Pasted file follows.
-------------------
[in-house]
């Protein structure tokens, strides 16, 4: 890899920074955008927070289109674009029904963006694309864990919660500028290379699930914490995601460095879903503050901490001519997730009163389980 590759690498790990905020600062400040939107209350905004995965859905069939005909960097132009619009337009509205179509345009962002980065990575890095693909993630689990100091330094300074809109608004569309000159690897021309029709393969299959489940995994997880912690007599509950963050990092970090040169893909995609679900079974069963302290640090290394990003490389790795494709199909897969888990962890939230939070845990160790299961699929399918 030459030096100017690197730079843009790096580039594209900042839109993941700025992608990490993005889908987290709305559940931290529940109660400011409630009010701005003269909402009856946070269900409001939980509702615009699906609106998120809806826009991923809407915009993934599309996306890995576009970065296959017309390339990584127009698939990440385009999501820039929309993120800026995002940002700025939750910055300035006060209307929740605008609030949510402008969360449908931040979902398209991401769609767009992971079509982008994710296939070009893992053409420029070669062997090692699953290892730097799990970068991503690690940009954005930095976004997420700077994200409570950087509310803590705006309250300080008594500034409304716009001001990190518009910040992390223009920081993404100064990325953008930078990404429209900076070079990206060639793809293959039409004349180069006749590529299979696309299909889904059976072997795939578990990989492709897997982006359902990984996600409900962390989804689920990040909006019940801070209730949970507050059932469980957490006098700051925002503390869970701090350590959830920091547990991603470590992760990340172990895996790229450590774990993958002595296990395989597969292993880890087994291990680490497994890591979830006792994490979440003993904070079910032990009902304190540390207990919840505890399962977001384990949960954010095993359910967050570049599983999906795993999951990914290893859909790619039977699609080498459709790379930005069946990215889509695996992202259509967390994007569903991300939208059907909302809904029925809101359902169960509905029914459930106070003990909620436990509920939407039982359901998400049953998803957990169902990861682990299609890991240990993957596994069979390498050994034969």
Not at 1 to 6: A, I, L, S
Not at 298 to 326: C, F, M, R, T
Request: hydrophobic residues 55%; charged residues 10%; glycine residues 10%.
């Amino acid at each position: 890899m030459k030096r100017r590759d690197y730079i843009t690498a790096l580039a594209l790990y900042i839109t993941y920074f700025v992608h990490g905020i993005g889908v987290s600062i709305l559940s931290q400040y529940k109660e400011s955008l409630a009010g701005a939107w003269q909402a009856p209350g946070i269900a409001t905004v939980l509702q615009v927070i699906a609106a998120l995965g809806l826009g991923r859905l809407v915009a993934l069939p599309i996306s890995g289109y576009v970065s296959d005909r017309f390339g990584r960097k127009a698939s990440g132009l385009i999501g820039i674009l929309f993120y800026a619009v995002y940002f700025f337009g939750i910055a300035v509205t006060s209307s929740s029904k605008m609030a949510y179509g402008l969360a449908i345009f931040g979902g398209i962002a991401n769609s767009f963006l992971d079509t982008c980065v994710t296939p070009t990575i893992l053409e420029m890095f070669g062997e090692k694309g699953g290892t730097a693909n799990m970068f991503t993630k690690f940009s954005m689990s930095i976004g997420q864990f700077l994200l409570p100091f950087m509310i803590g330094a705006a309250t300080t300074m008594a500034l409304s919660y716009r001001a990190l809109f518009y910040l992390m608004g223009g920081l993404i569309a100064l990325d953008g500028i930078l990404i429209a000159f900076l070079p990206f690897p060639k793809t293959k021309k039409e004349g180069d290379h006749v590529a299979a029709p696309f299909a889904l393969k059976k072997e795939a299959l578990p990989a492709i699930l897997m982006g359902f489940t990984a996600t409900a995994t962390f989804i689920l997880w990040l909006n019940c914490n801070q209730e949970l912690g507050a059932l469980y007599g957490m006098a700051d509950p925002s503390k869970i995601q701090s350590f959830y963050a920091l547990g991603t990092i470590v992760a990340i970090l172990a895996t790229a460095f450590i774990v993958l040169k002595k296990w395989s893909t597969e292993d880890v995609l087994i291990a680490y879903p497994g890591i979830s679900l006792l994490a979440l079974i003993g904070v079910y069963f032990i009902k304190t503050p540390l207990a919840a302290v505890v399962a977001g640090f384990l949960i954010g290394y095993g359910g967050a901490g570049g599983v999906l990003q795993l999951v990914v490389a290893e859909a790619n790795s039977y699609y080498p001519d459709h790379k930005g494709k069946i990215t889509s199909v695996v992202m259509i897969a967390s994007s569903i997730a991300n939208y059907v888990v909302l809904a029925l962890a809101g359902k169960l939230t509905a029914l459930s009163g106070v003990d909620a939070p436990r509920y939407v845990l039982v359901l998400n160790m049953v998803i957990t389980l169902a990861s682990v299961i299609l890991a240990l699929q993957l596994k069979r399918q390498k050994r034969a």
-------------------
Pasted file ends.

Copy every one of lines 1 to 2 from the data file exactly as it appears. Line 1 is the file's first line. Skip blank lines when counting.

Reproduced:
[in-house]
């Protein structure tokens, strides 16, 4: 890899920074955008927070289109674009029904963006694309864990919660500028290379699930914490995601460095879903503050901490001519997730009163389980 590759690498790990905020600062400040939107209350905004995965859905069939005909960097132009619009337009509205179509345009962002980065990575890095693909993630689990100091330094300074809109608004569309000159690897021309029709393969299959489940995994997880912690007599509950963050990092970090040169893909995609679900079974069963302290640090290394990003490389790795494709199909897969888990962890939230939070845990160790299961699929399918 030459030096100017690197730079843009790096580039594209900042839109993941700025992608990490993005889908987290709305559940931290529940109660400011409630009010701005003269909402009856946070269900409001939980509702615009699906609106998120809806826009991923809407915009993934599309996306890995576009970065296959017309390339990584127009698939990440385009999501820039929309993120800026995002940002700025939750910055300035006060209307929740605008609030949510402008969360449908931040979902398209991401769609767009992971079509982008994710296939070009893992053409420029070669062997090692699953290892730097799990970068991503690690940009954005930095976004997420700077994200409570950087509310803590705006309250300080008594500034409304716009001001990190518009910040992390223009920081993404100064990325953008930078990404429209900076070079990206060639793809293959039409004349180069006749590529299979696309299909889904059976072997795939578990990989492709897997982006359902990984996600409900962390989804689920990040909006019940801070209730949970507050059932469980957490006098700051925002503390869970701090350590959830920091547990991603470590992760990340172990895996790229450590774990993958002595296990395989597969292993880890087994291990680490497994890591979830006792994490979440003993904070079910032990009902304190540390207990919840505890399962977001384990949960954010095993359910967050570049599983999906795993999951990914290893859909790619039977699609080498459709790379930005069946990215889509695996992202259509967390994007569903991300939208059907909302809904029925809101359902169960509905029914459930106070003990909620436990509920939407039982359901998400049953998803957990169902990861682990299609890991240990993957596994069979390498050994034969």